German-born U.S. psychoanalyst and social philosopher. A disciple of Sigmund Freud, Fromm joined the Frankfurt school in the 1920s and left Nazi Germany for the U.S in 1933. Taking issue with Freud, he came to believe in the interaction of psychology and society and argued that psychoanalytic principles could be applied to cure cultural ills. He taught at various institutions, including the National University of Mexico (1951-67) and New York University (from 1962). His many books, which had popular as well as academic success, included Escape from Freedom (1941), The Sane Society (1955), and The Crisis of Psychoanalysis (1970); The Art of Loving (1956) became a durable best-seller.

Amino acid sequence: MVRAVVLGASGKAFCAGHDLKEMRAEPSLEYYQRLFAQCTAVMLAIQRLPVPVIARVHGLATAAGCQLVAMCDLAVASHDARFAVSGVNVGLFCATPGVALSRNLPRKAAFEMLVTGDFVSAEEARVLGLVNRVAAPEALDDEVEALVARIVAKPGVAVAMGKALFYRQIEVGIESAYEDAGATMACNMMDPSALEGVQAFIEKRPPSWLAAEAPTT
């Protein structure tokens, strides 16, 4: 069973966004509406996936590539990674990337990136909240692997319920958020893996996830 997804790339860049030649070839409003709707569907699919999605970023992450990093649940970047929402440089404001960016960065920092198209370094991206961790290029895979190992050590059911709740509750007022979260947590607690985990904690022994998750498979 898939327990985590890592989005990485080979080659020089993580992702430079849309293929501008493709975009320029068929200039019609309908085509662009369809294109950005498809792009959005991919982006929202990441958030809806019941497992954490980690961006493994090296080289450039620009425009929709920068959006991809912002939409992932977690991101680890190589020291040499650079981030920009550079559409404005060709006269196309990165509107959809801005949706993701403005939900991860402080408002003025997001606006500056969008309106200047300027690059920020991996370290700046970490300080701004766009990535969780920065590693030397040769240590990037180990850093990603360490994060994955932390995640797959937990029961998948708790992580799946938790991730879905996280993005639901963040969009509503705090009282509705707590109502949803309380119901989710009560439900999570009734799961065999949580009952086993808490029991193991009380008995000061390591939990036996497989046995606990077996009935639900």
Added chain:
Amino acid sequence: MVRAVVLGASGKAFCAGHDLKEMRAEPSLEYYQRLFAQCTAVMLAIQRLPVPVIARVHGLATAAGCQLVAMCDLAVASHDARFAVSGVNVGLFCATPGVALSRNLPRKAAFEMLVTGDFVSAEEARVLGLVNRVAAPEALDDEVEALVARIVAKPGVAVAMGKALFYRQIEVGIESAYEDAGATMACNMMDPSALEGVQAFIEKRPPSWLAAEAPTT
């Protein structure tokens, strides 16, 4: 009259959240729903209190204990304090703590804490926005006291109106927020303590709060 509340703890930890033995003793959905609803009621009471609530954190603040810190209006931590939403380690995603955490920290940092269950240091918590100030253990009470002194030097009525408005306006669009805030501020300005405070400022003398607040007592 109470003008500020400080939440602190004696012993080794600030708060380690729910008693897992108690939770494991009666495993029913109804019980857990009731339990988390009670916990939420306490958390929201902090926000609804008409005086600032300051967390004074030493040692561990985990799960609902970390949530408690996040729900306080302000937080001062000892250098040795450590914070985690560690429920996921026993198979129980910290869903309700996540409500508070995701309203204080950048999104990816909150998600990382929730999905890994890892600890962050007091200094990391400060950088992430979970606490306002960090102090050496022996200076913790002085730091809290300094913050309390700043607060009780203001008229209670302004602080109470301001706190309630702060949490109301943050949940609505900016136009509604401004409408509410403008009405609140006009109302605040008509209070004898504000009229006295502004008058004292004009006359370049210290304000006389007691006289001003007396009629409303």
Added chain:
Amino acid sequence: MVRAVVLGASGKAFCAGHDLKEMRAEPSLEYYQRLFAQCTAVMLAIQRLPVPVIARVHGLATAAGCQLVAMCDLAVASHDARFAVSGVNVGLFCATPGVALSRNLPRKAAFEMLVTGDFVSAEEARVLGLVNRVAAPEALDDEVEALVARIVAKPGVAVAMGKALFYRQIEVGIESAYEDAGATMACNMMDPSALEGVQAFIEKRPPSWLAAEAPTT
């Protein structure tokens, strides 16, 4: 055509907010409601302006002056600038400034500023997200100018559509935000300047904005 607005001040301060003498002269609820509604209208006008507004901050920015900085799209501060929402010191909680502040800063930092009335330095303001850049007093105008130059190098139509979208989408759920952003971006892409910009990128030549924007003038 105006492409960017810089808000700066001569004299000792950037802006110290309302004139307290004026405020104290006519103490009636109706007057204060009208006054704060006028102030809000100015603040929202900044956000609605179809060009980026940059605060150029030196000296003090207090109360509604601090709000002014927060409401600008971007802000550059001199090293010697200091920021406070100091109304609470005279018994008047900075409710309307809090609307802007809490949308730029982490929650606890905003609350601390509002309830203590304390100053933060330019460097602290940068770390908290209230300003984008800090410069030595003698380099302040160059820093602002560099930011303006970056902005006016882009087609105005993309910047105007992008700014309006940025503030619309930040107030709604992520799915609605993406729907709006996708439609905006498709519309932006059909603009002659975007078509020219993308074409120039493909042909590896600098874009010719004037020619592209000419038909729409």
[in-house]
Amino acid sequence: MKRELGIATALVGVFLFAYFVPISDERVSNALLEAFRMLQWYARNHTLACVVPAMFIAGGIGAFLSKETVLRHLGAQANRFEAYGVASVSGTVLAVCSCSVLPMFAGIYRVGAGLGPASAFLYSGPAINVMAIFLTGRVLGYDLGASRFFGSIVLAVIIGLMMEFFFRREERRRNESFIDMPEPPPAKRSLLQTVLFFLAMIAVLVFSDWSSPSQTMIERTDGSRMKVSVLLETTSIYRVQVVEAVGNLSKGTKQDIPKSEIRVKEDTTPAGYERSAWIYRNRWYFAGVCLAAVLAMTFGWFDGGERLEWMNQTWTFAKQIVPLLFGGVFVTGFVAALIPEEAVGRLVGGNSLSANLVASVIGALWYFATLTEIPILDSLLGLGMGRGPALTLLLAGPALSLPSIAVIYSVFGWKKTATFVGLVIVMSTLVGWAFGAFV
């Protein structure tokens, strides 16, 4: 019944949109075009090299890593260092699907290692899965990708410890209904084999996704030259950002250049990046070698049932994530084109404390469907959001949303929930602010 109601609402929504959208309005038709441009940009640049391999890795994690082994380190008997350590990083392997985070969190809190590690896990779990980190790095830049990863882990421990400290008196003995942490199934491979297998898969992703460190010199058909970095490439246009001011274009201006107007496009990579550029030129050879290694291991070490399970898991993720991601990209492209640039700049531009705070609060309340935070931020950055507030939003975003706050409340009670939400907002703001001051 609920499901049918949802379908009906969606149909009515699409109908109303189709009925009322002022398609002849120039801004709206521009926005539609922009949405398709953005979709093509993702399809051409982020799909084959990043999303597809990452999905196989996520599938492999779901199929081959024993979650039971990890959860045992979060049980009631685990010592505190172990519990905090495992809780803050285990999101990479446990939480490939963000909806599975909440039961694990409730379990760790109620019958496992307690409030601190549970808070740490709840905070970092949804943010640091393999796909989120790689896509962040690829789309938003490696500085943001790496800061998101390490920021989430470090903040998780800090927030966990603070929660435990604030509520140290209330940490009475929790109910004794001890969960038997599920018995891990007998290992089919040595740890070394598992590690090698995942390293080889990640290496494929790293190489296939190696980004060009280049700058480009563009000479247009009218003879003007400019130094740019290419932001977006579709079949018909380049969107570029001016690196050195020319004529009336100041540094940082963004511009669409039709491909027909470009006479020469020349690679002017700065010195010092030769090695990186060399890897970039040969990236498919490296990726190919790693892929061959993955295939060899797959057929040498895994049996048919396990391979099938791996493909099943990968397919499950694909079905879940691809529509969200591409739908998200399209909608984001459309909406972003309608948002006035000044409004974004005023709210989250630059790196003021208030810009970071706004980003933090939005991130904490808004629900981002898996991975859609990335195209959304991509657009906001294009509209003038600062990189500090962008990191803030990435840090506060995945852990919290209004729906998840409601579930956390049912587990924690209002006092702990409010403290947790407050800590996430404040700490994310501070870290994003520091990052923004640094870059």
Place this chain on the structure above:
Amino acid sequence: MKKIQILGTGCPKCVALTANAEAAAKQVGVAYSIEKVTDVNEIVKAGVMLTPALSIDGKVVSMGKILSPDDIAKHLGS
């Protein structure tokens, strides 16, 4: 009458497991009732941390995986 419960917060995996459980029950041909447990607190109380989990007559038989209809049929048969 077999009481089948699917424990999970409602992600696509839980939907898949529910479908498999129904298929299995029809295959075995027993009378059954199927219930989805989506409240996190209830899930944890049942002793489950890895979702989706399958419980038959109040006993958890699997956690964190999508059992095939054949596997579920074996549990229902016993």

"Love is union with somebody, or something, outside oneself, under the condition of retaining the separateness and integrity of one's own self."